2) Give them control of their sweets, to an extent.  In our house we have treat jars.  Every Sunday the kids can pick 7 sweets for the week and put it in their jar.  They know they can eat them all at once, or one per day.  The candy is not held hostage based on how much of their dinner they’ve eaten.  The only rules are that they cannot eat it after they’ve brushed their teeth and they cannot eat it before or during school.  On Halloween and Easter the kids get free reign over their haul for that one day.  Whatever is left gets combined into a big container and put out of reach.  You will be shocked at how long your Halloween, Easter and Birthday Party candies last when they are only accessed once a week.  You will also be surprised at how quickly arguments about sweets disappear.  Now when your kids are begging for sweets, you send them to their treat jar.  If they run out too early in the week, just remind them that it’ll get refilled on Sunday and next week they can make different choices, if that’s what they want, but it’s up to them.  This technique isn’t just about limiting sugar intake.  It’s also a way to start teaching them to self-monitor – an essential component of maintaining a healthy weight.

3) Come up with healthier fast food alternatives.  I get it, you are busy.  Sometimes cooking a meal at home is simply impossible.  So do a little homework ahead of time.  Right now your kids don’t need to know the calorie counts of the foods they’re eating, but you sure should.  Just spend a little time surfing the internet learning more about your favorite meals and how many calories they are.  Then, when you get over the sticker shock, start looking for alternatives.   Here’s a good place to start.  What you need to know is that most kids between 4-8 should be consuming between 1200-1400 calories a day – which breaks down to approximately three 300-350 calorie meals, one 200 calorie snack and a goodie from their treat jar.  A happy meal?  well you’re looking at north of 650 calories.  That’s half your child’s calories for the DAY.  It’s simple math.  Eat more calories than you burn, you gain weight.  It only takes 3000 extra calories to gain a pound and once you start looking at these fast food menus, you will realize how quickly that adds up.  Hopefully you won’t have to count every calorie, just start by educating yourself about the calories of the foods they’re already eating and save the outrageous stuff for the occasional splurge.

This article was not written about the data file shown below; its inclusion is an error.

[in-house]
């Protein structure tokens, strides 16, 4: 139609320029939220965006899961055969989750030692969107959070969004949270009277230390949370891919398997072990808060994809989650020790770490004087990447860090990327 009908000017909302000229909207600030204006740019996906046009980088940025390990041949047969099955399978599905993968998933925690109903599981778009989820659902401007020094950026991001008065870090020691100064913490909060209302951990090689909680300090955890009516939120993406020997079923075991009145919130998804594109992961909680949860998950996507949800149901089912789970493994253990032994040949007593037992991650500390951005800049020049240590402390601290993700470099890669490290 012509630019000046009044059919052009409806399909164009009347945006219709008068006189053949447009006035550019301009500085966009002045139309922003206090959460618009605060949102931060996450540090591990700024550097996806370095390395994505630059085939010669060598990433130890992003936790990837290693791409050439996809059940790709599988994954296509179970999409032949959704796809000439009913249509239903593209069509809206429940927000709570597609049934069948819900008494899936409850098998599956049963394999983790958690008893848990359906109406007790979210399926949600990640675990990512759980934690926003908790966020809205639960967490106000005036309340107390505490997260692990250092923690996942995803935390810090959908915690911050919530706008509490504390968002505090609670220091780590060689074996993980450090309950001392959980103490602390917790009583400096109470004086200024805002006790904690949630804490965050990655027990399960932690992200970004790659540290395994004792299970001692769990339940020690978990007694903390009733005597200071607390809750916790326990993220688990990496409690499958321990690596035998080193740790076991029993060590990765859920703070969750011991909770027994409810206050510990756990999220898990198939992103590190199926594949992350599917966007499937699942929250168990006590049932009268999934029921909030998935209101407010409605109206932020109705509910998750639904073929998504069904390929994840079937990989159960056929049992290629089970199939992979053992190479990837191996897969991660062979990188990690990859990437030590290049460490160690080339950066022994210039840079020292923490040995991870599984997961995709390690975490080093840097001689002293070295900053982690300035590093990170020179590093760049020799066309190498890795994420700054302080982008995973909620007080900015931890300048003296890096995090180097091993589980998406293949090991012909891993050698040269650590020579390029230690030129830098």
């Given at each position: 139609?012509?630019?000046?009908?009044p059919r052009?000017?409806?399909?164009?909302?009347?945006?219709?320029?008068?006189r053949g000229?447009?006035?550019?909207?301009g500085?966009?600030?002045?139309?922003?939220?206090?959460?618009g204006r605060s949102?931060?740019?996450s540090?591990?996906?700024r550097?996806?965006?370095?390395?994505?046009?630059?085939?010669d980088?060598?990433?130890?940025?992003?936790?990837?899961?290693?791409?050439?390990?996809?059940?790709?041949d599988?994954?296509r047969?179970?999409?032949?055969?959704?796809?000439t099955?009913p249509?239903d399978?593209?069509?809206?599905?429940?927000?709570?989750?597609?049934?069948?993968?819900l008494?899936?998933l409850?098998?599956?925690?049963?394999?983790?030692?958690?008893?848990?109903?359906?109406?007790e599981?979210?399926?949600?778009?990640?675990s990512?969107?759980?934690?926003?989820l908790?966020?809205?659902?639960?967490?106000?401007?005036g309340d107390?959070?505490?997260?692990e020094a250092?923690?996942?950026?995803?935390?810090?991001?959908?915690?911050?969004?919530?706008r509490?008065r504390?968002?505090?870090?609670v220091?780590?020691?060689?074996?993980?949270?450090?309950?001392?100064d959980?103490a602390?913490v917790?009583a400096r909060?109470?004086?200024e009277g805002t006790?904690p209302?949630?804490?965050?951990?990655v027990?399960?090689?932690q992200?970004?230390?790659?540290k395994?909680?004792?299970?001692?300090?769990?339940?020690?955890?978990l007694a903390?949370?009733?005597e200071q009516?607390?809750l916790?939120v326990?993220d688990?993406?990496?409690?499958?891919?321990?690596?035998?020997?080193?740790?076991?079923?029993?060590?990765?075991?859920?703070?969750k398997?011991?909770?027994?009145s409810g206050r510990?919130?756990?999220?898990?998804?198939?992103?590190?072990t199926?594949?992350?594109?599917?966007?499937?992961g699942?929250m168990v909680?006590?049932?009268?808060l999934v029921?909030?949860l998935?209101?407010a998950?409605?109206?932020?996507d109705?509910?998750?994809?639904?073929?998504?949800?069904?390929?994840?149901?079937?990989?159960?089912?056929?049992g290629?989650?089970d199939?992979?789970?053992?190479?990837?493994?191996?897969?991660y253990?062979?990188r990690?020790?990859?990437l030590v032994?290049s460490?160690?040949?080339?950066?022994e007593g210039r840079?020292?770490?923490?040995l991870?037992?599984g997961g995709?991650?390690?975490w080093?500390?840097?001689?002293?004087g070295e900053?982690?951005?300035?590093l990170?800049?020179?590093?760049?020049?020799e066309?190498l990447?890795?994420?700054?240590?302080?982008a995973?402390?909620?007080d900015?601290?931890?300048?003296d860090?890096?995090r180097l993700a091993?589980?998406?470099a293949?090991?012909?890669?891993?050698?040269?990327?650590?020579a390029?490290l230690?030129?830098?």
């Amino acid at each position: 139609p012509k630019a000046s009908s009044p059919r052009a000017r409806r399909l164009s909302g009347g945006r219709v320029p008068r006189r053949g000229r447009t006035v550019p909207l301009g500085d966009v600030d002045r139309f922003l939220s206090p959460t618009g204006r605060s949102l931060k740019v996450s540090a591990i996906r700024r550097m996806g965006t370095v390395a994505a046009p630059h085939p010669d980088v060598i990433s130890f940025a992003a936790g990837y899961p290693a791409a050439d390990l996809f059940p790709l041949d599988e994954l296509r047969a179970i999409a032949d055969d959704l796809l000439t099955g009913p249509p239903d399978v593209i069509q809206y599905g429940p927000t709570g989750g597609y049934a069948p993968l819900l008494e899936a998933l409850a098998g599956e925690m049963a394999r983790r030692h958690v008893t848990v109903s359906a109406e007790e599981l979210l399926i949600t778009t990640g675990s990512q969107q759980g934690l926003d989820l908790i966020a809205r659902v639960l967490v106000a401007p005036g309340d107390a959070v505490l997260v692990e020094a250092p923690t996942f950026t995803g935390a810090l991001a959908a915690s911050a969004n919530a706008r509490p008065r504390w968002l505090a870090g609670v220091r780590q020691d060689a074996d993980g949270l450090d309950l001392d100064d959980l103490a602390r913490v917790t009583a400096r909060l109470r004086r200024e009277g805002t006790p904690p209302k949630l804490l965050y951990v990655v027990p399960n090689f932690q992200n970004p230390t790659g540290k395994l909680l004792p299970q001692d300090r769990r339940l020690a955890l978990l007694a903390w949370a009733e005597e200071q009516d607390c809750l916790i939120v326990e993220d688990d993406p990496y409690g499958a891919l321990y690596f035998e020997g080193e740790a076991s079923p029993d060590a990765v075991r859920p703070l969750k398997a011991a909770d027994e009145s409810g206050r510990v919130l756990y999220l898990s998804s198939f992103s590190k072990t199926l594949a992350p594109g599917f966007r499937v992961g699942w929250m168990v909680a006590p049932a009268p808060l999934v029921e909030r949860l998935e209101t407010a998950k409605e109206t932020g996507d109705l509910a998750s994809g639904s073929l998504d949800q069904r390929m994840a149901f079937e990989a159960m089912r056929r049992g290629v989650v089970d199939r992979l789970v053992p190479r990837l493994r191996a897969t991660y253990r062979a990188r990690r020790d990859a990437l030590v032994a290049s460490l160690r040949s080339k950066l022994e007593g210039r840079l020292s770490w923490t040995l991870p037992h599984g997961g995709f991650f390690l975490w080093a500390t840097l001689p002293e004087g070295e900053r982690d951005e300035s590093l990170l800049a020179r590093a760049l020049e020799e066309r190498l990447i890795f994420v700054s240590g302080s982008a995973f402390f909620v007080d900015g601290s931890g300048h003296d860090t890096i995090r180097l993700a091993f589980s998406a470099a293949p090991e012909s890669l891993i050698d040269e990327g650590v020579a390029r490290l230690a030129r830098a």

4) Kids don’t like their fruits and veggies?  Take a page out of Pamela Druckerman’s book Bringing Up Bebe.  No free range snacking.  Stick to 3 good meals and one scheduled snack.  Your kids will be hungry come mealtime, and that’s a good thing.  So when you set down a pre-dinner appetizer of  fruits and cut up veggies (and dip if you like), they might just eat them.

5) Finally, help your kids find a physical activity that interest them. Karate, Track, Soccer, Baseball, Dance and the list goes on and on.  There’s no one right answer.  The right answer is that your kid is excited to do it.  Most organizations and facilities will give you a chance to try them out for free or at a reduced rate, take them up on it and keep sampling until something lights your kid up.  If their excitement, rather than your insistence, is driving them to go to every class or practice, and maybe even practice on their own, then you may have given your child the gift of a lifelong interest in fitness.